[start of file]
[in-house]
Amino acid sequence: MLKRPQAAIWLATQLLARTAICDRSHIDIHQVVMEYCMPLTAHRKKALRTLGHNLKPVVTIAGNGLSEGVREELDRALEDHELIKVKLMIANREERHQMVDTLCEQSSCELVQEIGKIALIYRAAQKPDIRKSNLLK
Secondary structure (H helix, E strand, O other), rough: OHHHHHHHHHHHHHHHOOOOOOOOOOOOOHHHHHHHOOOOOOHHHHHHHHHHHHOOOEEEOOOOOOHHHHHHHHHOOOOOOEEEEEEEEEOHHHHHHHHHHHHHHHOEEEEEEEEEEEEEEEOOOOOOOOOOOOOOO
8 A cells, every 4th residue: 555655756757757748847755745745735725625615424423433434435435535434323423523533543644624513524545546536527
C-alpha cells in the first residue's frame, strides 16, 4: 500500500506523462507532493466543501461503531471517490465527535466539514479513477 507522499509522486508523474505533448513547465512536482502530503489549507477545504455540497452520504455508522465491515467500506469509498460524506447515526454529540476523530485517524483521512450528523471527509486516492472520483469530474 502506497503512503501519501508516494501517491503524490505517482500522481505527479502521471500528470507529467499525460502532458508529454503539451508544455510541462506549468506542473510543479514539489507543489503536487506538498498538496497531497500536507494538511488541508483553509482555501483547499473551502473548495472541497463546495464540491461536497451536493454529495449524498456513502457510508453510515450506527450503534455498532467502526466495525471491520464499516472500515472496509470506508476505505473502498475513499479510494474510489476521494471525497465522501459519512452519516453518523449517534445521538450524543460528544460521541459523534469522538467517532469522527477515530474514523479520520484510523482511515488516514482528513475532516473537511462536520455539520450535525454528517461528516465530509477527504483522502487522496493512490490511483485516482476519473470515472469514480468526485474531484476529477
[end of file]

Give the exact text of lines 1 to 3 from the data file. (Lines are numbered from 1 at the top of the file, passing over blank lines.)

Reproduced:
[in-house]
Amino acid sequence: MLKRPQAAIWLATQLLARTAICDRSHIDIHQVVMEYCMPLTAHRKKALRTLGHNLKPVVTIAGNGLSEGVREELDRALEDHELIKVKLMIANREERHQMVDTLCEQSSCELVQEIGKIALIYRAAQKPDIRKSNLLK
Secondary structure (H helix, E strand, O other), rough: OHHHHHHHHHHHHHHHOOOOOOOOOOOOOHHHHHHHOOOOOOHHHHHHHHHHHHOOOEEEOOOOOOHHHHHHHHHOOOOOOEEEEEEEEEOHHHHHHHHHHHHHHHOEEEEEEEEEEEEEEEOOOOOOOOOOOOOOO